Amid the extensive damage to onshore energy facilities in the wake of Hurricane Katrina, Minerals Management Service (MMS) Director Johnnie Burton on Friday said it will be at least three months before 90% of pre-storm Gulf of Mexico production returns to U.S. markets. Right now the GOM is producing about 65% of its pre-Katrina average of natural gas and less than half of its previous oil volumes.
"That would mean that refinery, processing plants, pipes -- everything is up to snuff to the point that we can flow 85-90%" of Gulf offshore production to the market, she said during a briefing with reporters at the MMS headquarters in Washington, DC. As of Friday, about 33.8% (3,384 MMcf/d) of the daily natural gas production and 56% (840,921 bbl) of the daily oil production in the Gulf was still shut in due to damage from Katrina.
She estimated that Gulf of Mexico oil and gas production will return to 85% of pre-storm levels in about 30 to 40 days, but Burton added "that doesn't mean it's going to go anywhere if the [onshore] infrastructure that feeds it is not up" and running.
She acknowledged that MMS' projections were just educated guesses. "None of us can tell you [for certain] how many days it's going to take" for the Gulf Coast energy industry to recover fully from Katrina.
"We're seeing quite a bit of damage on the onshore vs. offshore," Burton told reporters. She estimated that about 35% of the shut-in oil is shut in because it can't go anywhere onshore Louisiana due to damaged refineries, terminals and other facilities. She said the percentage was "somewhat similar" for natural gas, as eight processing facilities in Louisiana and Mississippi remain offline. Processing plants strip impurities from natural gas, making it ready to be transported over pipelines throughout the U.S.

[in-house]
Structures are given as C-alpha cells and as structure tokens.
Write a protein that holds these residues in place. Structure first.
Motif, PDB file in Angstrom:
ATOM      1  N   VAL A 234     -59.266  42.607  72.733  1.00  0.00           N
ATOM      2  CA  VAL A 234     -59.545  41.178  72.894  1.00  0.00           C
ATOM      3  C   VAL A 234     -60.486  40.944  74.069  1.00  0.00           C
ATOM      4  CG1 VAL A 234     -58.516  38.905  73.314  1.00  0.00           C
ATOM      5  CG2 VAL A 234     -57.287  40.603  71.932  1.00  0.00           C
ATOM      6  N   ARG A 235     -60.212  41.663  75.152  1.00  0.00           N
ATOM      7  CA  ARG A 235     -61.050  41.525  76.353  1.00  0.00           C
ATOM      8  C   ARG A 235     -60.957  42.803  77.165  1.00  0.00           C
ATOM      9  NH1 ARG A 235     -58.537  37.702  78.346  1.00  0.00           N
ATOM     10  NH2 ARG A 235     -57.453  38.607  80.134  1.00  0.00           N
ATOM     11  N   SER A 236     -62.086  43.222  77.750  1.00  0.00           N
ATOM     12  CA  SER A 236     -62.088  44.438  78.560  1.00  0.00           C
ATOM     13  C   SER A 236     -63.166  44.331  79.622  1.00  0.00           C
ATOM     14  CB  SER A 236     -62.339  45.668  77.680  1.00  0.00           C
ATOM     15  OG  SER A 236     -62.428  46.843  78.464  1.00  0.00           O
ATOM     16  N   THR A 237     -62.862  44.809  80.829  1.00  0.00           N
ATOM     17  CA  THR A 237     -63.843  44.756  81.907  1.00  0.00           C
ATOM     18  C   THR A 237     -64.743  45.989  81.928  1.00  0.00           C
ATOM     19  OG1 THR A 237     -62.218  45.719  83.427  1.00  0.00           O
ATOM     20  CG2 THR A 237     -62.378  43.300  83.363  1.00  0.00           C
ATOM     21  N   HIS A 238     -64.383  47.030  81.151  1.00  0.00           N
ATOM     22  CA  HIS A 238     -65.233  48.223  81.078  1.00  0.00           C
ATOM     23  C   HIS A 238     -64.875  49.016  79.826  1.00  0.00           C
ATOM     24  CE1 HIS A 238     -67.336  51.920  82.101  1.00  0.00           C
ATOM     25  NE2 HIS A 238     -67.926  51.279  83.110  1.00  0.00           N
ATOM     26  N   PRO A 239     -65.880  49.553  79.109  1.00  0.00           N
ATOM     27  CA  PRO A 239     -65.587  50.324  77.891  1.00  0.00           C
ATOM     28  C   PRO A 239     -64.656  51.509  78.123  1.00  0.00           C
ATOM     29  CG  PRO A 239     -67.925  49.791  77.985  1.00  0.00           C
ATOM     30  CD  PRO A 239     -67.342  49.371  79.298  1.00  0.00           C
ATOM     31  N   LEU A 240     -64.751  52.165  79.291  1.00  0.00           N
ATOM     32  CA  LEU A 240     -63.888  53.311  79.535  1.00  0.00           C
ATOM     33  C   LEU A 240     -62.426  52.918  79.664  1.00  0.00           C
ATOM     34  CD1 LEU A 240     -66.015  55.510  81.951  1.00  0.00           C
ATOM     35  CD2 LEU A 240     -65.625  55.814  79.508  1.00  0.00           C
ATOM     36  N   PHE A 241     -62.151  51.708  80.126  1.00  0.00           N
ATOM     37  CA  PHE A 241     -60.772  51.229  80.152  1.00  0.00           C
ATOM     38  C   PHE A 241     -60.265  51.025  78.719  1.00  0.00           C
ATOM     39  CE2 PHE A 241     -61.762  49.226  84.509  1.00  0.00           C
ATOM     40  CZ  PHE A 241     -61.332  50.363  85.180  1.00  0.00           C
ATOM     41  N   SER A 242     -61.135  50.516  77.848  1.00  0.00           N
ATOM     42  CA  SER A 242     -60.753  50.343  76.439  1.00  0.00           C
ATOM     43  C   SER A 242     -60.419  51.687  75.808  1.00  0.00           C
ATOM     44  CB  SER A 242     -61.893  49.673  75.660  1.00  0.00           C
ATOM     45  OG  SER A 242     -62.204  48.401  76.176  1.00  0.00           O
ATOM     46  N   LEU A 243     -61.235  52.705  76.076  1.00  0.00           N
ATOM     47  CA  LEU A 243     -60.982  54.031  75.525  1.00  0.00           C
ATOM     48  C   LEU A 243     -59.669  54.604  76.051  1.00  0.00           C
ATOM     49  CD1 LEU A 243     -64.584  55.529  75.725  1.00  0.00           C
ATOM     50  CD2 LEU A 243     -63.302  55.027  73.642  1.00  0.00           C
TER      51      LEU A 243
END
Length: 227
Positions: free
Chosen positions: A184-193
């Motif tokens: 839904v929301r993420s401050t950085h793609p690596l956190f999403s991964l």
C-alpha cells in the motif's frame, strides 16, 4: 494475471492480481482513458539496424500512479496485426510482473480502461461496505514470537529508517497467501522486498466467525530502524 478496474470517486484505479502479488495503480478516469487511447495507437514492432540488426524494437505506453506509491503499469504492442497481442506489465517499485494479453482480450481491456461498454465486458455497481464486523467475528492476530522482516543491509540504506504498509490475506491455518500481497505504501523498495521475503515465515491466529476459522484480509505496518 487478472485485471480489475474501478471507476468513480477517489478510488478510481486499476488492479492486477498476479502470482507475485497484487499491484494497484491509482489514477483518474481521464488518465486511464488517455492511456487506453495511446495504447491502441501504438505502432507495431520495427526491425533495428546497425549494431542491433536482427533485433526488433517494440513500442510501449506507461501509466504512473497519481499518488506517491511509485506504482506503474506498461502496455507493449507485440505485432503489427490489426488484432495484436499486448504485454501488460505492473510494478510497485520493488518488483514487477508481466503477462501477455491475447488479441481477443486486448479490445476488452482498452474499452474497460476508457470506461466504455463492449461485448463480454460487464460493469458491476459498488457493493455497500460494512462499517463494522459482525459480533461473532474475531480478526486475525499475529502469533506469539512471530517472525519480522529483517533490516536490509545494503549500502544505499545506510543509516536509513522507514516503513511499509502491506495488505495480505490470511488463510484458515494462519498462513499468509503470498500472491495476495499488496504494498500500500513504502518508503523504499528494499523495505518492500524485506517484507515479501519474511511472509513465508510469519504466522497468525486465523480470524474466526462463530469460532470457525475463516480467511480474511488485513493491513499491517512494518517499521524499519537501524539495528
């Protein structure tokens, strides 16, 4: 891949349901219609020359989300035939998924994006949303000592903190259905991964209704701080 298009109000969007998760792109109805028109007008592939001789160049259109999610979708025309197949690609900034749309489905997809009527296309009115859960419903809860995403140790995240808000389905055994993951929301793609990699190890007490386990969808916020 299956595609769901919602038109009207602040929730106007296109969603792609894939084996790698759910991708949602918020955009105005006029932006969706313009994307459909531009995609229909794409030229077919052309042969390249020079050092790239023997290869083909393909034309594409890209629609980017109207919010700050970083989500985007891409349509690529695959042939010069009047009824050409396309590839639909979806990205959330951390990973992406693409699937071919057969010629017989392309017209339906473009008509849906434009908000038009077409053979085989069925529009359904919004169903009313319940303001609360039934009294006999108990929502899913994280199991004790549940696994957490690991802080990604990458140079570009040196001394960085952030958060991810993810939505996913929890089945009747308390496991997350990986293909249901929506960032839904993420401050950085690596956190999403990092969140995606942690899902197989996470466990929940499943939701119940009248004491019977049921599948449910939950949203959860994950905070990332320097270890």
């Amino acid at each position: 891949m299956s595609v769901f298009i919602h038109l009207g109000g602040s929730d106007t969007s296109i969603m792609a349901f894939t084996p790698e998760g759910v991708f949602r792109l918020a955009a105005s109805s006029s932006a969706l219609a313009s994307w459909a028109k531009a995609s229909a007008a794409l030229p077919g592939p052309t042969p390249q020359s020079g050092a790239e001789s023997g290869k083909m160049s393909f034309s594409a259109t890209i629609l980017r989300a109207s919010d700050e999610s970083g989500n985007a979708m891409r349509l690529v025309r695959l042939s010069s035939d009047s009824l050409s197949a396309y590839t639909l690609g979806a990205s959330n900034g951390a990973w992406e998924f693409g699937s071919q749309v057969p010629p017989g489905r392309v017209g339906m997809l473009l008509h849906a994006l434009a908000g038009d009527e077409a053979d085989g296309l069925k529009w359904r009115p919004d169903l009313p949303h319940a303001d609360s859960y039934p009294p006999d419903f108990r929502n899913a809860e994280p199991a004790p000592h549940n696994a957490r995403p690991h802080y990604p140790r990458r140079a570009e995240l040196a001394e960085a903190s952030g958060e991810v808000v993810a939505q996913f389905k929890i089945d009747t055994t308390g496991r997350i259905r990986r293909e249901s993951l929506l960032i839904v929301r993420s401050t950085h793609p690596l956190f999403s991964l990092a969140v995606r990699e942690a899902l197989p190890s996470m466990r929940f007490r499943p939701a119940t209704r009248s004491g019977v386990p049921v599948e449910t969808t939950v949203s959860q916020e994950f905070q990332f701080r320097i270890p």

Noting that the price of natural gas has gone "through the roof," Burton said believes pipelines and gas processing facilities will try to do everything they can to get natural gas to markets in the months ahead. "Do you really think [an energy] company is not going to do everything it can to find a market and sell it? They will," but she noted that laying connecting pipe will be no easy task.
Burton said that industry, along with MMS, are trying to figure out workarounds. "For gas, sometimes they are able to direct to [a] different pipeline. For oil, they are looking...at tankering the oil."
Underwater oil and gas pipelines that provide takeaway capacity from Gulf platforms are still being assessed by energy companies, according to Burton. "This is the hardest part to check," she said, adding that "so far as we know," there hasn't been any major damage to underwater pipelines. Offshore pipes appear to have escaped the onslaught that they incurred last year when Hurricane Ivan struck the Gulf Coast. Some onshore gas pipelines were not as lucky, but Burton declined comment as these are out of her jurisdiction.
As for damages to drilling rigs, the MMS reported that 46 mostly low-producing structures were destroyed; 20 producing structures had extensive damage, four drilling rigs were destroyed (a jack-up rig and three platform rigs); nine drilling rigs suffered extensive damage; and six rigs were adrift following Katrina, but have been located and remanned, and are currently being repowered. She said MMS still does not have a dollar estimate on the extent of the damage to energy facilities in the Gulf.
Burton said the agency's policy was not to identify the energy companies that sustained damage to their platforms and rigs, unless the company itself publicly released the information. She chided reporters for demanding specific damage estimates about energy companies. In the first week after Katrina, "they hardly knew what was going on [on] their platforms because they were looking for people."
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